(b) advice as to whether enforcement is appropriate;

(c) advice on the valuation of any assets subject to the Issuer’s security; and

(d) participating in negotiations with any interested commercial parties (or advisers thereof) in relation to (a), (b) and (c).

  • The advice on restructuring should not necessarily be excluded. Although the role of the Note Trustee in enforcement is largely mechanical, it does not exclude advice comparing the option of enforcement versus the option of restructuring.
  • The Note Trustee should identify and propose the AHG Expenses that it intends to pay through the Issuer’s priority of payments. It should obtain a letter from the relevant adviser setting out certain details (on the work, the expense, the period) and if UBS considers that the Note Trustee cannot incur such expenses, UBS will have to serve on the Note Trustee written particulars of its objections. At that stage, the parties will have to decide whether to apply to the Court for further directions.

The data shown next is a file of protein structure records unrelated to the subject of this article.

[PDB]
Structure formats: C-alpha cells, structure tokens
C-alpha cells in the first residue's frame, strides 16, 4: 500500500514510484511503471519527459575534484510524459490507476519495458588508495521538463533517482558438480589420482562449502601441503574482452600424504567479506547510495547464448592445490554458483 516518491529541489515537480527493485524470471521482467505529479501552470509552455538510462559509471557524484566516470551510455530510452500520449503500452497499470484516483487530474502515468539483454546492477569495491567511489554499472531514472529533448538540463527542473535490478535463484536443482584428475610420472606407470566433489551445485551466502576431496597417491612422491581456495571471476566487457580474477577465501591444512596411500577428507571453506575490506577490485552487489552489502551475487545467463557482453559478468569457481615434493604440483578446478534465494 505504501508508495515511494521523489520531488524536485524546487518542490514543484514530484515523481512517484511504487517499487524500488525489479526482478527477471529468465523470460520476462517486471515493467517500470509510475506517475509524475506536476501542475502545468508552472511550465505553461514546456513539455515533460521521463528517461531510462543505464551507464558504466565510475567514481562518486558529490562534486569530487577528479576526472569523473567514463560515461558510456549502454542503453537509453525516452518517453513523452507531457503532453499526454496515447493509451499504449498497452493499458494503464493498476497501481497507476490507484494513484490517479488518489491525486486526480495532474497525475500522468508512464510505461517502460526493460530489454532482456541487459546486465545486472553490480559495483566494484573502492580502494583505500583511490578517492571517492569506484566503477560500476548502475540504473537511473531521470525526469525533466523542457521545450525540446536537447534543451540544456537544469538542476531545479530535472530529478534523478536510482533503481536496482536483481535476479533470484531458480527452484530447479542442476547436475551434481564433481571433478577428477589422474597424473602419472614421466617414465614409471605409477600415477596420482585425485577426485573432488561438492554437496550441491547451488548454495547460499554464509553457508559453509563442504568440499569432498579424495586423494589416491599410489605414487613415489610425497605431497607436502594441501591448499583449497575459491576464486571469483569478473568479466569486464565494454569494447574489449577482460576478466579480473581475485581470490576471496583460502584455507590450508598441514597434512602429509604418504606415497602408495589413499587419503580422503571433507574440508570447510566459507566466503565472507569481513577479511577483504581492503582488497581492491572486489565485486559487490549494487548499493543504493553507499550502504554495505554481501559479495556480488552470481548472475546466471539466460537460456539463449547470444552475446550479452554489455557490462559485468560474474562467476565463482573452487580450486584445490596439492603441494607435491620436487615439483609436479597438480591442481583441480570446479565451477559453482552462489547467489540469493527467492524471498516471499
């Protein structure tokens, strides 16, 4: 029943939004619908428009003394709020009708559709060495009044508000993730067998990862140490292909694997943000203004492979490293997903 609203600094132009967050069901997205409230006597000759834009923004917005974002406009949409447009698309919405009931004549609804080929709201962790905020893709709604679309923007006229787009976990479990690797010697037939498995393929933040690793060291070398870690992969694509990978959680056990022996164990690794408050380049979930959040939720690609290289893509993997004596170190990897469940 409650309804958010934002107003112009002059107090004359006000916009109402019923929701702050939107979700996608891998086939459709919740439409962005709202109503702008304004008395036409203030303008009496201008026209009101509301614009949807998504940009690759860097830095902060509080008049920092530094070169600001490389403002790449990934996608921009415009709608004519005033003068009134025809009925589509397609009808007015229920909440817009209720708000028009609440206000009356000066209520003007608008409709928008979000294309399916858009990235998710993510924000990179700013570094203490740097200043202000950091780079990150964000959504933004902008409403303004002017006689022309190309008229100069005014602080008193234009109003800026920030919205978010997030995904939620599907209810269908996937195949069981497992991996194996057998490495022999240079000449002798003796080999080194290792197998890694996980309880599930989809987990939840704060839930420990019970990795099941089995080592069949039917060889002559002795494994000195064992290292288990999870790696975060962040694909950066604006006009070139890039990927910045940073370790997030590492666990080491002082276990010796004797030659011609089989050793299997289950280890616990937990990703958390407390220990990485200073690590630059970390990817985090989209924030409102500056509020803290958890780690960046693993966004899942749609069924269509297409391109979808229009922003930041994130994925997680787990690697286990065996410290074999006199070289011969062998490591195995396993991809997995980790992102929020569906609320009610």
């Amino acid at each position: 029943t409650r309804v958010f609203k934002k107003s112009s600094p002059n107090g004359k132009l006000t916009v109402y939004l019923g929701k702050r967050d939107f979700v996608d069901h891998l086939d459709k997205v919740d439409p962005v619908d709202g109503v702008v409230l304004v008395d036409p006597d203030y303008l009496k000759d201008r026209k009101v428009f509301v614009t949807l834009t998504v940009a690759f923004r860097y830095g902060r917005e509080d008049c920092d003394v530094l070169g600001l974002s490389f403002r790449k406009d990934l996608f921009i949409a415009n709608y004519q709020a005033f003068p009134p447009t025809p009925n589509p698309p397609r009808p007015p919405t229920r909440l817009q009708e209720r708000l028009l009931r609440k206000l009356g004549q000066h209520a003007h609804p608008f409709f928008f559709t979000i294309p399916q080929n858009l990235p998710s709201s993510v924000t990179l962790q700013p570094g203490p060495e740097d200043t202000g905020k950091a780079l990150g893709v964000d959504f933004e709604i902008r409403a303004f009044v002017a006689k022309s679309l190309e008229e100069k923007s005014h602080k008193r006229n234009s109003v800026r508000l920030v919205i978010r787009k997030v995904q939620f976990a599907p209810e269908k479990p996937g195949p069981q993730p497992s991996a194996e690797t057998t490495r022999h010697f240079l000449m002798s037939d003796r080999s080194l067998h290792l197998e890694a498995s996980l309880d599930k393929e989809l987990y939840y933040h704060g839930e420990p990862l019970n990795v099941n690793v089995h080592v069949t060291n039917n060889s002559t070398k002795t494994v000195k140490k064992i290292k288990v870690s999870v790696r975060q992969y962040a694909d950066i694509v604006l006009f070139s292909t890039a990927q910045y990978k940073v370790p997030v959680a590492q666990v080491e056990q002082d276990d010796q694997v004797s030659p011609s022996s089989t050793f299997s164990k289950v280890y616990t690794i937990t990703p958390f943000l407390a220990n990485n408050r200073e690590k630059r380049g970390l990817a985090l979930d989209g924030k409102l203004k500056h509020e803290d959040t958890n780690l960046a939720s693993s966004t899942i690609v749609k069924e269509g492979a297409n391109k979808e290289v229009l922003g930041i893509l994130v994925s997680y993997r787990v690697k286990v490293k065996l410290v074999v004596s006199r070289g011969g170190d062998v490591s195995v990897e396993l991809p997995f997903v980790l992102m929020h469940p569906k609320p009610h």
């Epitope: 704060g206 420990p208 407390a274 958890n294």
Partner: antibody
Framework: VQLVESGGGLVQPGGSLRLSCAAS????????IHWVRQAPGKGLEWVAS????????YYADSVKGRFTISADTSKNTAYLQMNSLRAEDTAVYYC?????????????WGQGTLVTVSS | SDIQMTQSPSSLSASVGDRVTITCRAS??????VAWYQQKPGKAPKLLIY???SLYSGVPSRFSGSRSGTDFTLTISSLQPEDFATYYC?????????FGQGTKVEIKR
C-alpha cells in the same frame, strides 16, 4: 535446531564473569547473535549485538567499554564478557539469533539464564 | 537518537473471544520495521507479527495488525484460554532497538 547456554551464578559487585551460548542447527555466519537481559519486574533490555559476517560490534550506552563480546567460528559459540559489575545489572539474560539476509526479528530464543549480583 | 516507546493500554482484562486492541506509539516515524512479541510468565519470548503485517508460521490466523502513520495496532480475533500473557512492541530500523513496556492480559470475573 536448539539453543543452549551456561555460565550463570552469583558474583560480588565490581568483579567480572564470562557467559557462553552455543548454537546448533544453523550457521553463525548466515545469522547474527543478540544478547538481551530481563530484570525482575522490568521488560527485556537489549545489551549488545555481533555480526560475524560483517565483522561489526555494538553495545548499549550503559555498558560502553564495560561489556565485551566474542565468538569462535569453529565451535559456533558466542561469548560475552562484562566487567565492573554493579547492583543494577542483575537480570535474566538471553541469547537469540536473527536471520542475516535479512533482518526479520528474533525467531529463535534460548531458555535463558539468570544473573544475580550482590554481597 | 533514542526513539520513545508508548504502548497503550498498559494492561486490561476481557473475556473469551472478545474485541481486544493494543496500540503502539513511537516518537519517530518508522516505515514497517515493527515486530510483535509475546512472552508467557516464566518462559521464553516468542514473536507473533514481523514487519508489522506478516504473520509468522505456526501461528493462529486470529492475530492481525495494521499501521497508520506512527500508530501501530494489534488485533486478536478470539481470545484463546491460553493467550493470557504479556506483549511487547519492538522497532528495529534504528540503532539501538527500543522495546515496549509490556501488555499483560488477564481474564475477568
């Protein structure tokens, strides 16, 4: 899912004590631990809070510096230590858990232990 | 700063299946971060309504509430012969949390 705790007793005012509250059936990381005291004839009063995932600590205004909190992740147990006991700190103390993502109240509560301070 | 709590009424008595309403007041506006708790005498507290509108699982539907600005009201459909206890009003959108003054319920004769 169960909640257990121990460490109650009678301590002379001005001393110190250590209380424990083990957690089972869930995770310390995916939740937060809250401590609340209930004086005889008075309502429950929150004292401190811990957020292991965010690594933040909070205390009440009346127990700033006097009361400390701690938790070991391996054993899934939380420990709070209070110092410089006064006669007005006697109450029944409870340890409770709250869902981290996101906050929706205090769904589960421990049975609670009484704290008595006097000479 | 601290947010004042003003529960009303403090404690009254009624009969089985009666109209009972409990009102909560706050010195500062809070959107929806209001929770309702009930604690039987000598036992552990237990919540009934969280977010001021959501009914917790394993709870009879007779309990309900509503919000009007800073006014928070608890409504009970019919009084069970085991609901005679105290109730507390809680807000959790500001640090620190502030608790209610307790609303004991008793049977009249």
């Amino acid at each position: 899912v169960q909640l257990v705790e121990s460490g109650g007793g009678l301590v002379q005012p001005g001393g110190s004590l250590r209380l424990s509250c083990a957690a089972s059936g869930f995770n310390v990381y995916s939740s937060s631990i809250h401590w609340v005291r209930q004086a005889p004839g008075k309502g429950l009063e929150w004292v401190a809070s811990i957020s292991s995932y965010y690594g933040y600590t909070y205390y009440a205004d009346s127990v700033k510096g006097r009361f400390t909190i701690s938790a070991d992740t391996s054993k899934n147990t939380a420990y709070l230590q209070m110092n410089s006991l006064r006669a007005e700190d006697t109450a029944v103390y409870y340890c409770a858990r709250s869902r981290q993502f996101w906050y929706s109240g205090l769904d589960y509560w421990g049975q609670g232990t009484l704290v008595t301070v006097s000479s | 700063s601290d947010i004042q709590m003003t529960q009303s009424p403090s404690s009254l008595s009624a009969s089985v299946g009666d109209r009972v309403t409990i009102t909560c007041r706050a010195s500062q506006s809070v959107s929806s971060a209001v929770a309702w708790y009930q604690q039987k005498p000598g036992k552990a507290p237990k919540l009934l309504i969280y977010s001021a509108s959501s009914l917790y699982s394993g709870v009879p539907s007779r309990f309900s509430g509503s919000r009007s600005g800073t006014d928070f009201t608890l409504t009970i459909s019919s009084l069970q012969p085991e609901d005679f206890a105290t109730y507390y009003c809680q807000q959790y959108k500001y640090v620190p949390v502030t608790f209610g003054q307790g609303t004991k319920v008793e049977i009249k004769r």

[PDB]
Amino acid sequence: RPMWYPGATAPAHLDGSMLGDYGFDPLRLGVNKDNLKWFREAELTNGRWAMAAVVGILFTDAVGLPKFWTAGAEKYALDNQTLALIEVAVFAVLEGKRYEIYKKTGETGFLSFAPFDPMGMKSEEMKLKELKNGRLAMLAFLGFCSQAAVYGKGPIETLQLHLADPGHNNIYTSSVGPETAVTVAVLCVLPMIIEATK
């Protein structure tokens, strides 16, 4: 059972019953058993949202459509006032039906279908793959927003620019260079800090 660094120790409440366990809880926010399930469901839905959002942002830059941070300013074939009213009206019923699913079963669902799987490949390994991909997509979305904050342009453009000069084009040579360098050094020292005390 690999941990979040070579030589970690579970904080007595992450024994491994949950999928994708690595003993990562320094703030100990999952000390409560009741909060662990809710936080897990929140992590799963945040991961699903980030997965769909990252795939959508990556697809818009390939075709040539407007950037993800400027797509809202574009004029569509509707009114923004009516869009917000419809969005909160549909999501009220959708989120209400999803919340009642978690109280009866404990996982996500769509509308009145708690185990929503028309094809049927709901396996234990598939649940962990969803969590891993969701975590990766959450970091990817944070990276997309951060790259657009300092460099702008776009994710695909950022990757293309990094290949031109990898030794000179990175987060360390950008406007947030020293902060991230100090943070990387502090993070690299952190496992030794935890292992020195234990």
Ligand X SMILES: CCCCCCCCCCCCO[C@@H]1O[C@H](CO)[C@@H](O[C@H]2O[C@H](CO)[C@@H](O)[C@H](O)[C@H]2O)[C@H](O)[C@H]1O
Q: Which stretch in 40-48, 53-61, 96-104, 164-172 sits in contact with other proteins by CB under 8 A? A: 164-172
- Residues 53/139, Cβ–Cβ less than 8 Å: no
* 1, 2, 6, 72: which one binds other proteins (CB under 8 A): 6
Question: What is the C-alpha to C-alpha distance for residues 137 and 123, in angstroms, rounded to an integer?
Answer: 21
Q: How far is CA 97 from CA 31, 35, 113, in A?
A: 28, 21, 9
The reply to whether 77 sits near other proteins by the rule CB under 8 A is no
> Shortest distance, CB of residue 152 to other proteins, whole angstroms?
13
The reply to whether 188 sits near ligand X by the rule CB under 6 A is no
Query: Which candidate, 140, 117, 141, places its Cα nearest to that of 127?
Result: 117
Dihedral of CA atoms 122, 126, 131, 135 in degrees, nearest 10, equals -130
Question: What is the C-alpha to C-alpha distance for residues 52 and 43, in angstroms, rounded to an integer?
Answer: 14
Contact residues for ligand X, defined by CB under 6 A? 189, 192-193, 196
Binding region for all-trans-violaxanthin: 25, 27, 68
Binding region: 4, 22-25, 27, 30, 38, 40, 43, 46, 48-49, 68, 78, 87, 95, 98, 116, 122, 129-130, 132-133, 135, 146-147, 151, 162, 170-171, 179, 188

• UBS objected to the mechanism proposed by the Note Trustee in the draft order on the basis that this process would leave the responsibility of identifying which AHG Expense constitutes a “properly incurred” expense with the advisers. Although the Court recognised force in this objection, it relied on the Note Trustee’s proposal to exercise its independent discretion in making this assessment. Ultimately, the debate will remain between the noteholders and UBS and it was recognised that the parties may have to seek directions from the Court.

Comment